Other Republicans rejected the vote as a distraction from other issues currently affecting the country, namely inflation and the economy.

“Now my colleagues on the other side of the corridor want to present a clearly political bill because they don’t want to talk about inflation, they don’t want to talk about wide-open borders, they don’t want to talk about inflation. they want to talk about rampant crimes, they don’t want to talk about the state of this declining country, which is heading into a recession, where people are hurting across the country, ”Texas Rep. Chip Roy said.“ They don’t want to talk about it like that. presenting a political bill. “

But a Democratic lawmaker responded to that argument, saying his Republican colleagues “want to talk about anything other than marriage equality today.”

“It’s almost as if they don’t have good arguments to make about marriage equality,” said Rep. Sean Patrick Maloney, the first openly gay person elected to the New York Congress.

“My husband Randy and I have been together for 30 years,” she continued. “We raised three remarkable children from diapers to college diplomas. But all that time together, we’ve only been legally married since 2014. We had a 22-year engagement before a marriage of eight.”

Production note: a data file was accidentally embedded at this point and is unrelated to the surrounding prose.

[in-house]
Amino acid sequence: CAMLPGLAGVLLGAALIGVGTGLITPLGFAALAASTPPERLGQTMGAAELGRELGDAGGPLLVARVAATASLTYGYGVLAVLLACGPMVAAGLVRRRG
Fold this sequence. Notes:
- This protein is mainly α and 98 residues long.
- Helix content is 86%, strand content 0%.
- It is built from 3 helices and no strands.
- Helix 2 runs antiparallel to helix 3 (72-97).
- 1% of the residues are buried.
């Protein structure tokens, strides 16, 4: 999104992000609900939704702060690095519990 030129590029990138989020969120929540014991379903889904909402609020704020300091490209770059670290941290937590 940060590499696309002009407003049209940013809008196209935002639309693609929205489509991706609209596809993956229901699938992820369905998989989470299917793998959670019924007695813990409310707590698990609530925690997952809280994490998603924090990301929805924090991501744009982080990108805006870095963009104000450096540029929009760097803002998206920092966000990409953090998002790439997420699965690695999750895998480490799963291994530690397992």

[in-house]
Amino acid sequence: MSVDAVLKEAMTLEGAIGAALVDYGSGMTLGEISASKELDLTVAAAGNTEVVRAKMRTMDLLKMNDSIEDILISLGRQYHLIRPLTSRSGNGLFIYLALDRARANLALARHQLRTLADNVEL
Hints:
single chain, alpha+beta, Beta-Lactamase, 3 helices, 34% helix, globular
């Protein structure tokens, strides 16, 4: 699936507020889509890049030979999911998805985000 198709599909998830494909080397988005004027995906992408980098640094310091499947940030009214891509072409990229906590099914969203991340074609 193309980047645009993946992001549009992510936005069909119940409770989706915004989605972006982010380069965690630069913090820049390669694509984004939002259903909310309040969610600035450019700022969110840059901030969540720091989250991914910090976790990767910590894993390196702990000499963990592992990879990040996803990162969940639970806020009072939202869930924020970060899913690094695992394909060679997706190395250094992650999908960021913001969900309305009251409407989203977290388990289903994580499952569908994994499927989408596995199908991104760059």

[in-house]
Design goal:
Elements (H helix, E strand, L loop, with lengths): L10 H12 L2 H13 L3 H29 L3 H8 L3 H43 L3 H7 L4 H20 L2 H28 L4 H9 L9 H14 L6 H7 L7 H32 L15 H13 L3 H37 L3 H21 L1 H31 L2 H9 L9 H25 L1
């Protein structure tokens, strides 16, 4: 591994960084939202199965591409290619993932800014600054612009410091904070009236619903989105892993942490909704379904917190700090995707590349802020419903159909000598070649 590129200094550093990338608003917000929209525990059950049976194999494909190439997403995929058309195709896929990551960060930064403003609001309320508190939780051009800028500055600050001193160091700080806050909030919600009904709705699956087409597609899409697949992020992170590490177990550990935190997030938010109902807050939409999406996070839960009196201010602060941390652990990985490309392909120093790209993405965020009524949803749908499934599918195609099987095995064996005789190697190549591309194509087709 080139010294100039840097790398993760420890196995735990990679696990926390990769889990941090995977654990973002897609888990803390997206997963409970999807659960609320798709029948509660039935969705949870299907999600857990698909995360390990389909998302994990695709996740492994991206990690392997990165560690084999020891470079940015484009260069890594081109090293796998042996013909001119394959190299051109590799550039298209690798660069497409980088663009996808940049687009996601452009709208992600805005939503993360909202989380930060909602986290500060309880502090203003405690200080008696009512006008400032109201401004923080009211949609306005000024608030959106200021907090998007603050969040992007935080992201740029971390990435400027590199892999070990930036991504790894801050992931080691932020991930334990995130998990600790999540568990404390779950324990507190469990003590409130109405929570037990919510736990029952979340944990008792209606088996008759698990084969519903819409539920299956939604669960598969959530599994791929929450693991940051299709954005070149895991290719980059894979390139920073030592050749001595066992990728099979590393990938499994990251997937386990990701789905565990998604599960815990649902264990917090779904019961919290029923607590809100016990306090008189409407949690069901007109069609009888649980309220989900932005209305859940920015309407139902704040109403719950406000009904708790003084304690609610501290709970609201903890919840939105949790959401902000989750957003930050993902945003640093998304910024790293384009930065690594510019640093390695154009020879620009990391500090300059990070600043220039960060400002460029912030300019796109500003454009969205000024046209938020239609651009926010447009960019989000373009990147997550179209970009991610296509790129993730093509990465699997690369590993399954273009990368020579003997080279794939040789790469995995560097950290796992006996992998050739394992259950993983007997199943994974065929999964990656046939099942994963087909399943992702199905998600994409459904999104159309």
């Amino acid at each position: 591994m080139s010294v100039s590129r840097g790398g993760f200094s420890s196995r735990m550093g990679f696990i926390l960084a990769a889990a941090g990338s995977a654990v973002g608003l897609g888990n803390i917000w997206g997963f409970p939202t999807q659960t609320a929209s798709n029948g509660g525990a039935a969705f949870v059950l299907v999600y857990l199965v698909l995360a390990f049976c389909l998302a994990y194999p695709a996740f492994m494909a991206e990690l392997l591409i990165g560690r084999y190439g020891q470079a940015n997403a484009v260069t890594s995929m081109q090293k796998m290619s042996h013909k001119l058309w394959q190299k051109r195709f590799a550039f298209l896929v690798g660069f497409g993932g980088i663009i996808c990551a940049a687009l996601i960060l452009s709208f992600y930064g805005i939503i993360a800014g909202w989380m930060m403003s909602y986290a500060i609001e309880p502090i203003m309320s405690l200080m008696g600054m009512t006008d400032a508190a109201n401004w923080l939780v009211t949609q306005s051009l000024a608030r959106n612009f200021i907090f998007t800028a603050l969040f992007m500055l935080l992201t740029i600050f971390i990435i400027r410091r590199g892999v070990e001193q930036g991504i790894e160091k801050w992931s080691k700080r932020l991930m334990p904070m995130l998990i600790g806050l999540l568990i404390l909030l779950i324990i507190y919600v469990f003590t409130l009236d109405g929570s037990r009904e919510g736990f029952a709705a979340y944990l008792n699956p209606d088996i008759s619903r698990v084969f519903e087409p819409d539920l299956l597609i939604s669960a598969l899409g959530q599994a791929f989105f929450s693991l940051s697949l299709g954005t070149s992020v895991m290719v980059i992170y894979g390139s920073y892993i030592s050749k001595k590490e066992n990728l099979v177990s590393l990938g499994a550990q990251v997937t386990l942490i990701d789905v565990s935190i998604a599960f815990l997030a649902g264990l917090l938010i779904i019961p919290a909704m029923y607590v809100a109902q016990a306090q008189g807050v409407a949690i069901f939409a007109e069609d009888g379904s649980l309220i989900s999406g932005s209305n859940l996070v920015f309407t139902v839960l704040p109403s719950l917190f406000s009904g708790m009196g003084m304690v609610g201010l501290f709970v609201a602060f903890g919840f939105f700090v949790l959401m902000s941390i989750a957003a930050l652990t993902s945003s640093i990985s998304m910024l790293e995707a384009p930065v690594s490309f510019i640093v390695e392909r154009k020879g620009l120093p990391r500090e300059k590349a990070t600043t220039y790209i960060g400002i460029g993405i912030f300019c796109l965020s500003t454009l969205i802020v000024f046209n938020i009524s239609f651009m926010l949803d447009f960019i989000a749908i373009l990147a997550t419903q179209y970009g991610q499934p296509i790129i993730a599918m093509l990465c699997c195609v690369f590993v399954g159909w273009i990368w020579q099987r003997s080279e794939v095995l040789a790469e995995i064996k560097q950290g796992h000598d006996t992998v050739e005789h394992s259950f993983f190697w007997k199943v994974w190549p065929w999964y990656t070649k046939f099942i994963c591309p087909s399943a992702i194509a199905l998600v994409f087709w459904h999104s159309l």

“When I was elected a member of Congress in 2012, my husband Randy could not have health insurance through this body,” Maloney added. “The identification of her spouse said ‘Partner’ in her … but through hard work and a historic coalition, through great allies and partnerships, love has won.”

“It’s a beautiful thing when your country catches up with you,” he continued. “And today we will vote on the Marriage Respect Act, to decide and make it clear whether we will return or not.”

The chamber will also vote this week on the Right to Contraception Act, which “would codify the right of Americans to access birth control in federal law.”